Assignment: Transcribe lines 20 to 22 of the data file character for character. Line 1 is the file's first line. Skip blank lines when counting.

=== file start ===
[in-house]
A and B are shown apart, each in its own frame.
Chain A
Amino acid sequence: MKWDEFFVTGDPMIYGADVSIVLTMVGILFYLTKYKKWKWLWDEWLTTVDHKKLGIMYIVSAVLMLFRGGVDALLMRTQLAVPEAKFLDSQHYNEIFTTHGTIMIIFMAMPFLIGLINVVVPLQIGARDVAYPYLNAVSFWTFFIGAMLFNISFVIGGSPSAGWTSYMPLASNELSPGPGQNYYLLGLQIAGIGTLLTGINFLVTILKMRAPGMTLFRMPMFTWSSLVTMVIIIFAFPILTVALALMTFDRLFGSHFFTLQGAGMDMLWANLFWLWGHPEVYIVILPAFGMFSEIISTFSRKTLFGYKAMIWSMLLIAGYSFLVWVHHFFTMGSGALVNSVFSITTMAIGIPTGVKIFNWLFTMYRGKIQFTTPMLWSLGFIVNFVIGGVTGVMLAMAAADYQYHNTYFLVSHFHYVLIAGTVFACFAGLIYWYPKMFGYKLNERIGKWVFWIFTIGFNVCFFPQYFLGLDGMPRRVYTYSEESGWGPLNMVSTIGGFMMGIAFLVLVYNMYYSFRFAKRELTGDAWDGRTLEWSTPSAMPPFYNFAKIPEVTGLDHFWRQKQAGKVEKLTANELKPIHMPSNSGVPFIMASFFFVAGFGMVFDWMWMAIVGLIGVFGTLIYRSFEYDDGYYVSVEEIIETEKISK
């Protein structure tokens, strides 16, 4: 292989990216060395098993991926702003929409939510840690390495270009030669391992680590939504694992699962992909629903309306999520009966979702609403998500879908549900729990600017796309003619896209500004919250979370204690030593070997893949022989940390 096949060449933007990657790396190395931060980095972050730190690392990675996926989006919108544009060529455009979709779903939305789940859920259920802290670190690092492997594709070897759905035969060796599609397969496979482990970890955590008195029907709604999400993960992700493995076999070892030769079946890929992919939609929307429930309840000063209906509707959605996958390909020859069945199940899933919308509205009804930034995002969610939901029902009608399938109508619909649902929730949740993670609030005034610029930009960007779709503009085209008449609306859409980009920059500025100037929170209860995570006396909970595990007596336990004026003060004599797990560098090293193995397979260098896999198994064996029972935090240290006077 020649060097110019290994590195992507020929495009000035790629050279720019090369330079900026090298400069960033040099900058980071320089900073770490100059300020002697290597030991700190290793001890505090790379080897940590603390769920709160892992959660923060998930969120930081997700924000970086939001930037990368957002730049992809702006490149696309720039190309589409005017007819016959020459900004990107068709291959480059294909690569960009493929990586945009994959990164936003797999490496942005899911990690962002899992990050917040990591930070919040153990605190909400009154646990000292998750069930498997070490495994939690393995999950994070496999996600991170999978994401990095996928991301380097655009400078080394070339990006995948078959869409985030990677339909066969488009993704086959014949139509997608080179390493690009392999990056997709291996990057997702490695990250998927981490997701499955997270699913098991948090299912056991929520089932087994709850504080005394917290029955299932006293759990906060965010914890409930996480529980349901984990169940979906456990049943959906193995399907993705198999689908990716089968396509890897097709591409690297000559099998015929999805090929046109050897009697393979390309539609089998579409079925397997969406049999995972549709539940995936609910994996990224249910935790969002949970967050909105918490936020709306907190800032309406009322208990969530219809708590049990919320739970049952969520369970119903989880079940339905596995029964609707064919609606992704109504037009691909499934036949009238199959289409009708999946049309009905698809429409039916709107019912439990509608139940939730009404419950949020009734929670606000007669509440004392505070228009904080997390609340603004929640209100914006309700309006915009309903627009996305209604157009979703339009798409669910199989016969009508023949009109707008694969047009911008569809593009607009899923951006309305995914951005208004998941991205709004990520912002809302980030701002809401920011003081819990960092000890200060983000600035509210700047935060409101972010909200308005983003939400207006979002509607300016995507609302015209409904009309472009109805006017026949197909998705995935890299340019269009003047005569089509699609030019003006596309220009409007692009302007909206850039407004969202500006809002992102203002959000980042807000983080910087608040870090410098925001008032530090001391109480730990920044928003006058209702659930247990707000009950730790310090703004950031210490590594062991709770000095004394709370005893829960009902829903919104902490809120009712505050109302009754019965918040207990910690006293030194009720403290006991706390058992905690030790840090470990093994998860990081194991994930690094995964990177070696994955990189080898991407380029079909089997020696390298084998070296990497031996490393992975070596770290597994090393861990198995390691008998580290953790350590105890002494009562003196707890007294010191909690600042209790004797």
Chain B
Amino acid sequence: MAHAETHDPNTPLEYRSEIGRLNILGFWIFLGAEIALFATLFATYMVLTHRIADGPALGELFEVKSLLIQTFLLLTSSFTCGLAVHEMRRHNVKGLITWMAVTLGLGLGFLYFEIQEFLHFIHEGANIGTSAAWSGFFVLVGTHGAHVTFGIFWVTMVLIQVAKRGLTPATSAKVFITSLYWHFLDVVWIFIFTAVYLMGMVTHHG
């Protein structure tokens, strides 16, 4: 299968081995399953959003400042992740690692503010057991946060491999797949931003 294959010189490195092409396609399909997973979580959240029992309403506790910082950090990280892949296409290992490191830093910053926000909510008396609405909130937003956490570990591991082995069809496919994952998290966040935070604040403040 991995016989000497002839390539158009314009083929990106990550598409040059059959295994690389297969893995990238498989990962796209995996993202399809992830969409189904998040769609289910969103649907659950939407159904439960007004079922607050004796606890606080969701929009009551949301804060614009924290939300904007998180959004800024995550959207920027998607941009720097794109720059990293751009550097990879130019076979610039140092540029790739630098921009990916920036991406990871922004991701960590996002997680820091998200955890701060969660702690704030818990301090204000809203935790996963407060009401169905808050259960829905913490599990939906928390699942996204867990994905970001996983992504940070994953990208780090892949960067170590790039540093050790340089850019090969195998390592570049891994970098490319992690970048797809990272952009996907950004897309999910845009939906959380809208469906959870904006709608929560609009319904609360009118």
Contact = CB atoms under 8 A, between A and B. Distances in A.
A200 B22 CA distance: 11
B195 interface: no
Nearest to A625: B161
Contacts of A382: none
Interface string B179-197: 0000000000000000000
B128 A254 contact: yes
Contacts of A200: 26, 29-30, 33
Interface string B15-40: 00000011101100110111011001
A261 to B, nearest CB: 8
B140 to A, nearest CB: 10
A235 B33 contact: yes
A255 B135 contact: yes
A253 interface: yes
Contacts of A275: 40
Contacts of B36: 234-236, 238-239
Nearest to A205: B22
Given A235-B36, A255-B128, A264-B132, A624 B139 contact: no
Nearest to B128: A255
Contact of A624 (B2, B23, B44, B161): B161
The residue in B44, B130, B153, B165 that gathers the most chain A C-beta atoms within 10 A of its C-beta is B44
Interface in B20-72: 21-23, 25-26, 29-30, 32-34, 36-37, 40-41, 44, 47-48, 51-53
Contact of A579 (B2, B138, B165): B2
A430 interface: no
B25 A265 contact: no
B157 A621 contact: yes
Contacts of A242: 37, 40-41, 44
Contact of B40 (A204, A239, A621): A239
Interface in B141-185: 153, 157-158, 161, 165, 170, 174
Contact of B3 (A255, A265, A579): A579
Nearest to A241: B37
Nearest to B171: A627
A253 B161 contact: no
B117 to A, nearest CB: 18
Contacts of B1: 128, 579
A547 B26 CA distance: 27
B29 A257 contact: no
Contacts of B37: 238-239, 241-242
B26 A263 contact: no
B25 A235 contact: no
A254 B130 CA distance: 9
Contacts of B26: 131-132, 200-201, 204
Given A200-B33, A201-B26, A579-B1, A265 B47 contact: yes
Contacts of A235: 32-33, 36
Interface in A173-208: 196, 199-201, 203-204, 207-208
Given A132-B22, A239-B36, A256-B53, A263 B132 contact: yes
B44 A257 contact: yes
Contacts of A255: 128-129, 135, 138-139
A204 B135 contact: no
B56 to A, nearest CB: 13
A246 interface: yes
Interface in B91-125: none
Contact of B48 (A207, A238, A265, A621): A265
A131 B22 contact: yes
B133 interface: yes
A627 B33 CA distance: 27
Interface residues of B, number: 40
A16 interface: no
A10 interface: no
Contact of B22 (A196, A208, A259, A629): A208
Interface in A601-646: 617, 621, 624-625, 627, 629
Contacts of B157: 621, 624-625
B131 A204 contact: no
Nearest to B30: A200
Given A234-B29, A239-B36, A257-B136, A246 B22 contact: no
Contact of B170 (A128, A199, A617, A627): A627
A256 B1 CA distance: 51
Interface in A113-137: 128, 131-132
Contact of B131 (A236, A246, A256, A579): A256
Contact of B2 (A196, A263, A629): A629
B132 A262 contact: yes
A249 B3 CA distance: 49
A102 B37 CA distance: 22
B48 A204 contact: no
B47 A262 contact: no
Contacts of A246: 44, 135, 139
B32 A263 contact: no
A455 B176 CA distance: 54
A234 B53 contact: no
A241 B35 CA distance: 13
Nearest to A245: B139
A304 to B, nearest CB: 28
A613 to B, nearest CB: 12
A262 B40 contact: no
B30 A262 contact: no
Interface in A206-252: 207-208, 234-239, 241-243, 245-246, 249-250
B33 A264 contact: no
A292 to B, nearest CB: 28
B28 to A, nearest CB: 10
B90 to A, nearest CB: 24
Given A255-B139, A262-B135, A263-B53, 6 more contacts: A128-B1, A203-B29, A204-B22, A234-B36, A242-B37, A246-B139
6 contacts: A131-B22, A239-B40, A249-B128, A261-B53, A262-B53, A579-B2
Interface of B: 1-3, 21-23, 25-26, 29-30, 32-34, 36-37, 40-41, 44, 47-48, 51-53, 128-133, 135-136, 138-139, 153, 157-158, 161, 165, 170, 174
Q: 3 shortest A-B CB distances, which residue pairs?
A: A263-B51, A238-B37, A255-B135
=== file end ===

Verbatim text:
A235 B33 contact: yes
A255 B135 contact: yes
A253 interface: yes